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[001] though it is contrary to the privilege of his crown and dignity. Nor does a pledge of
[002] faith, the taking of an oath, or a voluntary renunciation by the parties change his
[003] jurisdiction, though here they may prejudice themselves by their consent.]1 The same
[004] must be said of debts and chattels which are not testamentary or matrimonial or
[005] connected with them.

A prohibition lies by reason of the persons concerned and the thing in question.

[007] A prohibition lies by reason of the person and the thing, as where a clerk draws a layman
[008] (or a layman a clerk) into the ecclesiastical forum in connexion with any of the
[009] aforesaid matters. Also by reason of the thing only, as where a clerk draws a clerk
[010] into plea in the ecclesiastical forum with respect to any of the aforesaid, for if the
[011] ecclesiastical judge gives judgment between such persons, he cannot order the execution
[012] of his judgment, for there is no sheriff or other minister who would aid him in
[013] putting it into effect, and if he himself wishes to execute it, an assise of novel disseisin
[014] will lie against him and against him who sues. [‘Of lay fee,’ I say, to distinguish it
[015] from free alms more properly called free, since they are dedicated to God, so to speak,
[016] as land given to a church in the name of dower at the time of its dedication, which is
[017] more privileged (and the cognisance of which belongs to the ecclesiastical forum)2
[018] [than that], though3 it is free alms and pure, given to churches and men of religion,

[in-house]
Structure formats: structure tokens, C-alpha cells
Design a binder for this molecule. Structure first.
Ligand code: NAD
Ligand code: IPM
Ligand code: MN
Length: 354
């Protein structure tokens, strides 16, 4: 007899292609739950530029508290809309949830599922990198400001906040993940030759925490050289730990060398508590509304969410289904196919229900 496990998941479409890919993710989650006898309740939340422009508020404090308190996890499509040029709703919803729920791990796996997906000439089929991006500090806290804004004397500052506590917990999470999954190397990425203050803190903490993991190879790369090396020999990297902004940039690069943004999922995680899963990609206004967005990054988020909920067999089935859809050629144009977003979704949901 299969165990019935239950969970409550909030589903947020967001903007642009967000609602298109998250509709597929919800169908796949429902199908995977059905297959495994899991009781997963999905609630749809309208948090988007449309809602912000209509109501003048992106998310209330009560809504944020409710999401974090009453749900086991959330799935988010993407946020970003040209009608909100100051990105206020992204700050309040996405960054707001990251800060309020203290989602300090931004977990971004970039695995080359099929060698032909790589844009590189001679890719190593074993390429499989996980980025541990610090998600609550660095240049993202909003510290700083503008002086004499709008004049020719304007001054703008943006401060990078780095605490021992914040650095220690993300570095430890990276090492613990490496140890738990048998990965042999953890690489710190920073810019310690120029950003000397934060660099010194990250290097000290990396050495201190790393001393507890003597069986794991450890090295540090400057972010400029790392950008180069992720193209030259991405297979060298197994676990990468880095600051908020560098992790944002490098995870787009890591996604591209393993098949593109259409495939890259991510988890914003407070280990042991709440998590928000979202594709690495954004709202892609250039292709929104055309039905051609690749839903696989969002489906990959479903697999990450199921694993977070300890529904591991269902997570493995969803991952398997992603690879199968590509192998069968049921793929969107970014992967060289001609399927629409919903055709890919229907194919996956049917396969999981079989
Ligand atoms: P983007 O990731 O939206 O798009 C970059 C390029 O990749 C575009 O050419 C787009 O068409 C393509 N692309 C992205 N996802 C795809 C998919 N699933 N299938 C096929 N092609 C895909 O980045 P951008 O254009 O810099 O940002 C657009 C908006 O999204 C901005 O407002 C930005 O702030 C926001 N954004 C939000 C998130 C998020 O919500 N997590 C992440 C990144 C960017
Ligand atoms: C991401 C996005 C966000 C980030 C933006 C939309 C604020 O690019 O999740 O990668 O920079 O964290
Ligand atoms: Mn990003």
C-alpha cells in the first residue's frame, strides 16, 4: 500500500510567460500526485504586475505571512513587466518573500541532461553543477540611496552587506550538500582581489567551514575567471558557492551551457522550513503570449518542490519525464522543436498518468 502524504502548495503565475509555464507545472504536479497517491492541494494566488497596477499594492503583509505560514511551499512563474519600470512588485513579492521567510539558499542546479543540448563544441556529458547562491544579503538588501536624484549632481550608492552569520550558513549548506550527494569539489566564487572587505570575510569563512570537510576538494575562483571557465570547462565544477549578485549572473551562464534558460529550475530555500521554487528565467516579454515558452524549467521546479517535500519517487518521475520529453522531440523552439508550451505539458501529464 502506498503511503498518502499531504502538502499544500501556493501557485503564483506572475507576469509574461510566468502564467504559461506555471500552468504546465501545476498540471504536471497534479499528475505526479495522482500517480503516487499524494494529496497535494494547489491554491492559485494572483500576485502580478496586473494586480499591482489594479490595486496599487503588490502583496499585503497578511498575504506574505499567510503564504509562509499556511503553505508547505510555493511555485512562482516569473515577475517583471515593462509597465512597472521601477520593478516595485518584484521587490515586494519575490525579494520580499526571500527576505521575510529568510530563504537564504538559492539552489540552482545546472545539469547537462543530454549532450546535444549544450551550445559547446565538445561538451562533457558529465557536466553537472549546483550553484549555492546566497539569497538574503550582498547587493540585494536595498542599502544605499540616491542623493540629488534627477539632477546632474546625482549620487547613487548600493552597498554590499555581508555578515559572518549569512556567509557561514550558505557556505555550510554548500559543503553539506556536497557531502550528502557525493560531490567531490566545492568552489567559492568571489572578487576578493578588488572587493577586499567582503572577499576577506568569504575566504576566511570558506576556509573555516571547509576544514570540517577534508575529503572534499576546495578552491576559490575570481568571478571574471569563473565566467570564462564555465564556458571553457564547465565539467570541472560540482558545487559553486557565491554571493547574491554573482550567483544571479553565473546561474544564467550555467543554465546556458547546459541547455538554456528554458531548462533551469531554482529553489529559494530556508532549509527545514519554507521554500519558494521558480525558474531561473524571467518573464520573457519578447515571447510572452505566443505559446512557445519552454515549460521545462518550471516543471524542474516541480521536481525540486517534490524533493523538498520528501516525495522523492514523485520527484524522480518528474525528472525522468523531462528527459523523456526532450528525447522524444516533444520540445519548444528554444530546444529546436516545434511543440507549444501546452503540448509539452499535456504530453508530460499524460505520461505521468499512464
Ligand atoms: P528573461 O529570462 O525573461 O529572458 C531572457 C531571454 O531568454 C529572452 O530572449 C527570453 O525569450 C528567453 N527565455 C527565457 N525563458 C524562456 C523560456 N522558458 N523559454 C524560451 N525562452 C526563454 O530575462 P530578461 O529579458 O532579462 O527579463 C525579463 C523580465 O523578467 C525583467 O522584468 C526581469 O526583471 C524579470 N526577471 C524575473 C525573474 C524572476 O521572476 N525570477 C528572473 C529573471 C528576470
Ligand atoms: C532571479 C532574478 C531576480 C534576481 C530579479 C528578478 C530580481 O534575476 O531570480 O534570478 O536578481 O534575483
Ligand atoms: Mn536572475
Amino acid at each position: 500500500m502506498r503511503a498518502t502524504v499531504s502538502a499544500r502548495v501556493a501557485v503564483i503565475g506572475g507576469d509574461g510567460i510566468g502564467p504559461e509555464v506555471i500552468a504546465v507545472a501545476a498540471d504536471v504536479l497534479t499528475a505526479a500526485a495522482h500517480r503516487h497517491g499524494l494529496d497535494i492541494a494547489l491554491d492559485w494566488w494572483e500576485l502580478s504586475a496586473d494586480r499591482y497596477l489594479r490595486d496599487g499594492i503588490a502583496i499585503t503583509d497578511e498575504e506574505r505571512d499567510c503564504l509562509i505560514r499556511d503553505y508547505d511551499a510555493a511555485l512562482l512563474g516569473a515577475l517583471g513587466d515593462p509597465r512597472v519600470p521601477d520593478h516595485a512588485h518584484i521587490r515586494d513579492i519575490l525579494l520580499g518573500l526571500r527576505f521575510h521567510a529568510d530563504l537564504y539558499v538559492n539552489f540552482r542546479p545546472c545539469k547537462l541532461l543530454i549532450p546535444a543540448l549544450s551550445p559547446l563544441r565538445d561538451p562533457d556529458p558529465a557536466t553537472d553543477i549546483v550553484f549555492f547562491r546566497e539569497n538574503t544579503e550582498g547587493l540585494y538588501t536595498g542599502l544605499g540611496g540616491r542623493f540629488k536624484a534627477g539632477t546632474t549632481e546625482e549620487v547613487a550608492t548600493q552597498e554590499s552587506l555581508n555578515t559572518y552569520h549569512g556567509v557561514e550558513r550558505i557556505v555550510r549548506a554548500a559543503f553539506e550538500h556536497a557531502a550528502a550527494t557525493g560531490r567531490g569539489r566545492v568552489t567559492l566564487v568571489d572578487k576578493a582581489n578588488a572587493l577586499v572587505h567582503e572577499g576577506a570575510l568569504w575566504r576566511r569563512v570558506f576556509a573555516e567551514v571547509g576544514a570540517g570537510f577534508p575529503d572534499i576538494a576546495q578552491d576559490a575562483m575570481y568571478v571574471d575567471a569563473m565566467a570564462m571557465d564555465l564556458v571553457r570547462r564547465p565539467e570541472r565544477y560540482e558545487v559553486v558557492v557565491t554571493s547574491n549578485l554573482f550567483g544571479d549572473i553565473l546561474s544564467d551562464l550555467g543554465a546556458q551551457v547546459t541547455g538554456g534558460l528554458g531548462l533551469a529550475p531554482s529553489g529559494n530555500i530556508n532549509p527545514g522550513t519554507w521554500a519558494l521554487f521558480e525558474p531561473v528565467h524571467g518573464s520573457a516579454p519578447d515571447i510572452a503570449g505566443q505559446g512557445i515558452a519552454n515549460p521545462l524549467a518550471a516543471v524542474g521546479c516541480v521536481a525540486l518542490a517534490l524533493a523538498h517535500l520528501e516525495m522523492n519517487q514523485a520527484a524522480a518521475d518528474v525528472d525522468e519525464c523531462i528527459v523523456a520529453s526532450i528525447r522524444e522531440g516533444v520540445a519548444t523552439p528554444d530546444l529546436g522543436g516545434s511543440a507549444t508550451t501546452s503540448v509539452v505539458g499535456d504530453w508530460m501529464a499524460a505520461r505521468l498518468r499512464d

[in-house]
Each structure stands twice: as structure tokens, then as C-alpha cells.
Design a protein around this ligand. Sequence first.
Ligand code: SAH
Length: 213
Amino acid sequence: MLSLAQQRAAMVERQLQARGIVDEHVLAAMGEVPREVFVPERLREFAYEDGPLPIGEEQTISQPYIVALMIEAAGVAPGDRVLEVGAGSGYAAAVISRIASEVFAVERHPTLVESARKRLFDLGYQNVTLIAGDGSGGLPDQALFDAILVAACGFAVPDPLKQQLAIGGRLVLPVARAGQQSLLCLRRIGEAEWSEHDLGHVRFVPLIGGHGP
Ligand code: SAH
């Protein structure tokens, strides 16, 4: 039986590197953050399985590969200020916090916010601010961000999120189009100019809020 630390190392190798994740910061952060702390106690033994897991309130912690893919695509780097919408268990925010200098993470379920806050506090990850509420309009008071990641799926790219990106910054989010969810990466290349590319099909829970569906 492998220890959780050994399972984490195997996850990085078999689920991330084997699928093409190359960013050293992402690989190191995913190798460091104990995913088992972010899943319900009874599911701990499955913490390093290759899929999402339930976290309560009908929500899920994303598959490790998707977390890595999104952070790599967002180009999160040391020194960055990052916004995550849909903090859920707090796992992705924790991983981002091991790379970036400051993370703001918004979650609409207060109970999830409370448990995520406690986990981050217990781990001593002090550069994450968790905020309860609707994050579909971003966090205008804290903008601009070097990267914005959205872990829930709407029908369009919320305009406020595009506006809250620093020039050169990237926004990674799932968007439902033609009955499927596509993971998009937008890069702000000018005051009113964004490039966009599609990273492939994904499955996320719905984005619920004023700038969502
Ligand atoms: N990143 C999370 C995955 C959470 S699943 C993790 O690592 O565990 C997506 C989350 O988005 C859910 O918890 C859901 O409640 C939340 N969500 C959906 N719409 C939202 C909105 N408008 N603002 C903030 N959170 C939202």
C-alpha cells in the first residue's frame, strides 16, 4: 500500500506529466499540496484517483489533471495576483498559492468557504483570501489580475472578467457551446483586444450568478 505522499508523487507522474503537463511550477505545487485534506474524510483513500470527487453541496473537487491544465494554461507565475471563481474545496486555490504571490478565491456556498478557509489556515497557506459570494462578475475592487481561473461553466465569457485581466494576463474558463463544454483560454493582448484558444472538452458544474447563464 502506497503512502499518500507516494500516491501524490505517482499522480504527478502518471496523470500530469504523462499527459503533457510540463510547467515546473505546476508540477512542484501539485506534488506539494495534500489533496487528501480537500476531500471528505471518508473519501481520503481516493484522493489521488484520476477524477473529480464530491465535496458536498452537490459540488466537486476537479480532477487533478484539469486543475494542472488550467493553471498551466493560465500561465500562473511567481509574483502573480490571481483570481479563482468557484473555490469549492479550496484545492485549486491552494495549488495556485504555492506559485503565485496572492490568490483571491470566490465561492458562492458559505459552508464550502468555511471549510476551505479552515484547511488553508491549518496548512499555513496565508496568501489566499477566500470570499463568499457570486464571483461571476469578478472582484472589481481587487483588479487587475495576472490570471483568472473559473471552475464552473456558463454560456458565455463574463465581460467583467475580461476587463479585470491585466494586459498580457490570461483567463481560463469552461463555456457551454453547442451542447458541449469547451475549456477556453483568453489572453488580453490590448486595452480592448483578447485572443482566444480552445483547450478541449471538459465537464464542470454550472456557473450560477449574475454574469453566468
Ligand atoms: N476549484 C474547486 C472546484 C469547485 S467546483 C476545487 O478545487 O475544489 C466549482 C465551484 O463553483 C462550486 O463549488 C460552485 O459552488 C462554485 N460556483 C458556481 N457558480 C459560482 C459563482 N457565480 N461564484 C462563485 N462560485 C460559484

[019] as to which jurisdiction and cognisance belongs to the secular forum.]4 And so of a
[020] lay fee which descends to a person by the causa of succession, as where an ecclesiastical
[021] judge wished to take cognisance of succession; on the plaint of a clerk or a layman
[022] a prohibition will lie because of the thing.

Also by reason of a contract.

[024] Also in the same way by reason of a contract, as where a clerk contracts with a layman
[025] in connexion with the purchase and sale of some secular thing, the cognisance of
[026] which pertains to the secular forum.

Also by reason of delict.

[028] Also and in the same way by reason of delict, as where a clerk transgresses against a
[029] clerk or a layman, or a layman against a layman, in a temporal matter. 5By reason of
[030] a delict committed in a temporal matter cognisance belongs to the secular forum,
[031] both in an actio injuriarum and a criminal action, provided it is sued civilly;6 in all
[032] these cases the secular judge has cognisance, jurisdiction and coercion, the ecclesiastical
[033] judge nothing except through dissimulation. If it is sued criminally and for a
[034] crime, the ecclesiastical judge


1. Supra 251, infra 283

2. Supra iii, 128, 331; infra 269, 284

3. ‘quamvis,’as infra 266

4. Infra 266, 284; B.N.B., no. 547

5. New sentence

6. Supra 250, infra 278, 283, 373

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